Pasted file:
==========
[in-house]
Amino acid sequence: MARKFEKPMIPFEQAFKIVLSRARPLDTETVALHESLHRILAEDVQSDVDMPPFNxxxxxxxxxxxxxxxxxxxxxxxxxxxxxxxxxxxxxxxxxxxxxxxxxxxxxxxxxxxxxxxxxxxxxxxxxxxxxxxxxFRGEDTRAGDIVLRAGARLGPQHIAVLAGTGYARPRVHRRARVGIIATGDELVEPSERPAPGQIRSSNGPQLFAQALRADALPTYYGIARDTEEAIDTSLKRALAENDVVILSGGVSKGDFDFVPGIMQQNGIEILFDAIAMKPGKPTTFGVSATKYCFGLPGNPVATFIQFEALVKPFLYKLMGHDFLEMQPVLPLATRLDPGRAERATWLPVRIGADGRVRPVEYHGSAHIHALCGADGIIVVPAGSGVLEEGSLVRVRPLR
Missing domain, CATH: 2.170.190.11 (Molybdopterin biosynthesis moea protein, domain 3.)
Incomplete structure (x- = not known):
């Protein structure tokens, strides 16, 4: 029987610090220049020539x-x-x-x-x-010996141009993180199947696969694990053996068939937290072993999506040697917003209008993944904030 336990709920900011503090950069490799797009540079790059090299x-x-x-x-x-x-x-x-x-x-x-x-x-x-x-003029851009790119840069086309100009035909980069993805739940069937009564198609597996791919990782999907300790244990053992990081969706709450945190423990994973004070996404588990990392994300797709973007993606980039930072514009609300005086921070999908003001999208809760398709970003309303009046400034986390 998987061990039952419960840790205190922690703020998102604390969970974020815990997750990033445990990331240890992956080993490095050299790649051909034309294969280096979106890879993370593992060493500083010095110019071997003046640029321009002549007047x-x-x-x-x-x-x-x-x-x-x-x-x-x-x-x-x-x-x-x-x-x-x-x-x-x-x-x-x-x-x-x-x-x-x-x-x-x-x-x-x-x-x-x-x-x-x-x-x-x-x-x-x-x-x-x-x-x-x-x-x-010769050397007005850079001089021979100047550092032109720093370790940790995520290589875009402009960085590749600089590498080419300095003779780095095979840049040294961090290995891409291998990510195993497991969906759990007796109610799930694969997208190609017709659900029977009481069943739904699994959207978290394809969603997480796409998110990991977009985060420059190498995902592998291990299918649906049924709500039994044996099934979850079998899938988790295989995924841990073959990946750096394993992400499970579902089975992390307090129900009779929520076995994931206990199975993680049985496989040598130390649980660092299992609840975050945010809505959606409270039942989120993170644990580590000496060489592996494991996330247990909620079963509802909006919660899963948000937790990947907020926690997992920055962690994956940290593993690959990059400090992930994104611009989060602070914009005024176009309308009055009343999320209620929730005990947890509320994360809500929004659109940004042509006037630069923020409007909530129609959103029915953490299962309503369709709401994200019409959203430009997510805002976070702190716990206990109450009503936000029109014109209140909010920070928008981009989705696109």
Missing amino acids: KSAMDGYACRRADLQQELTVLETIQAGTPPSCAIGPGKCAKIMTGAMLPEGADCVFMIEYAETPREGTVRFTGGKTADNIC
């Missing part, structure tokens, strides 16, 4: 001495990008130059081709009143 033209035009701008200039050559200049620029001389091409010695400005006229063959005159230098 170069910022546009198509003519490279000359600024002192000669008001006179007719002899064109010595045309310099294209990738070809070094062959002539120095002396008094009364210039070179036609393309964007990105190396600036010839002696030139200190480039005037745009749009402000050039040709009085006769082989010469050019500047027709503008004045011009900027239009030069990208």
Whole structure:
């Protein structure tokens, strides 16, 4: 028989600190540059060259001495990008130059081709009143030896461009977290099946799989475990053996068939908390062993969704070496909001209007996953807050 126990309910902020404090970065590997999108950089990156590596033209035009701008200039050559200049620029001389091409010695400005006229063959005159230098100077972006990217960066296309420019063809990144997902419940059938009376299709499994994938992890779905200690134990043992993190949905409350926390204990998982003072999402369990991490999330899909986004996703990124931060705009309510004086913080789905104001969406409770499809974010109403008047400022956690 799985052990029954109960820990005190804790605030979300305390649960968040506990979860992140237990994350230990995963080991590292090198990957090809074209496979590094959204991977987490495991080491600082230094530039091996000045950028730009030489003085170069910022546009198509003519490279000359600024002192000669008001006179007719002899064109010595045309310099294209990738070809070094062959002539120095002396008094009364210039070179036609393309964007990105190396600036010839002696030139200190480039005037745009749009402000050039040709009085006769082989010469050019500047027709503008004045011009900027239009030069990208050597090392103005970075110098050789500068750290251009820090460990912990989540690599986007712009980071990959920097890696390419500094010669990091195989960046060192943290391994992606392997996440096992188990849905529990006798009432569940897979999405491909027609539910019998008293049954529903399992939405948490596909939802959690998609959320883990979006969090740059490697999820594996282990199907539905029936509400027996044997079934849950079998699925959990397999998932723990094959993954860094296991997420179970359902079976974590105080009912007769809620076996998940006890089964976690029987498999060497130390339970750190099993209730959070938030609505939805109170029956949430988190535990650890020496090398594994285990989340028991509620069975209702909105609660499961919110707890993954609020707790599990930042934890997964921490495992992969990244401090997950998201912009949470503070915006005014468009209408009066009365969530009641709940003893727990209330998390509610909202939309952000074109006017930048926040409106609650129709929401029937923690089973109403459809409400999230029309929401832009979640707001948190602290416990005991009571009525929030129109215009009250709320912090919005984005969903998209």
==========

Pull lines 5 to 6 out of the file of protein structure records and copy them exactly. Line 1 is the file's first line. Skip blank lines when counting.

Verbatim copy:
């Protein structure tokens, strides 16, 4: 029987610090220049020539x-x-x-x-x-010996141009993180199947696969694990053996068939937290072993999506040697917003209008993944904030 336990709920900011503090950069490799797009540079790059090299x-x-x-x-x-x-x-x-x-x-x-x-x-x-x-003029851009790119840069086309100009035909980069993805739940069937009564198609597996791919990782999907300790244990053992990081969706709450945190423990994973004070996404588990990392994300797709973007993606980039930072514009609300005086921070999908003001999208809760398709970003309303009046400034986390 998987061990039952419960840790205190922690703020998102604390969970974020815990997750990033445990990331240890992956080993490095050299790649051909034309294969280096979106890879993370593992060493500083010095110019071997003046640029321009002549007047x-x-x-x-x-x-x-x-x-x-x-x-x-x-x-x-x-x-x-x-x-x-x-x-x-x-x-x-x-x-x-x-x-x-x-x-x-x-x-x-x-x-x-x-x-x-x-x-x-x-x-x-x-x-x-x-x-x-x-x-x-010769050397007005850079001089021979100047550092032109720093370790940790995520290589875009402009960085590749600089590498080419300095003779780095095979840049040294961090290995891409291998990510195993497991969906759990007796109610799930694969997208190609017709659900029977009481069943739904699994959207978290394809969603997480796409998110990991977009985060420059190498995902592998291990299918649906049924709500039994044996099934979850079998899938988790295989995924841990073959990946750096394993992400499970579902089975992390307090129900009779929520076995994931206990199975993680049985496989040598130390649980660092299992609840975050945010809505959606409270039942989120993170644990580590000496060489592996494991996330247990909620079963509802909006919660899963948000937790990947907020926690997992920055962690994956940290593993690959990059400090992930994104611009989060602070914009005024176009309308009055009343999320209620929730005990947890509320994360809500929004659109940004042509006037630069923020409007909530129609959103029915953490299962309503369709709401994200019409959203430009997510805002976070702190716990206990109450009503936000029109014109209140909010920070928008981009989705696109």
Missing amino acids: KSAMDGYACRRADLQQELTVLETIQAGTPPSCAIGPGKCAKIMTGAMLPEGADCVFMIEYAETPREGTVRFTGGKTADNIC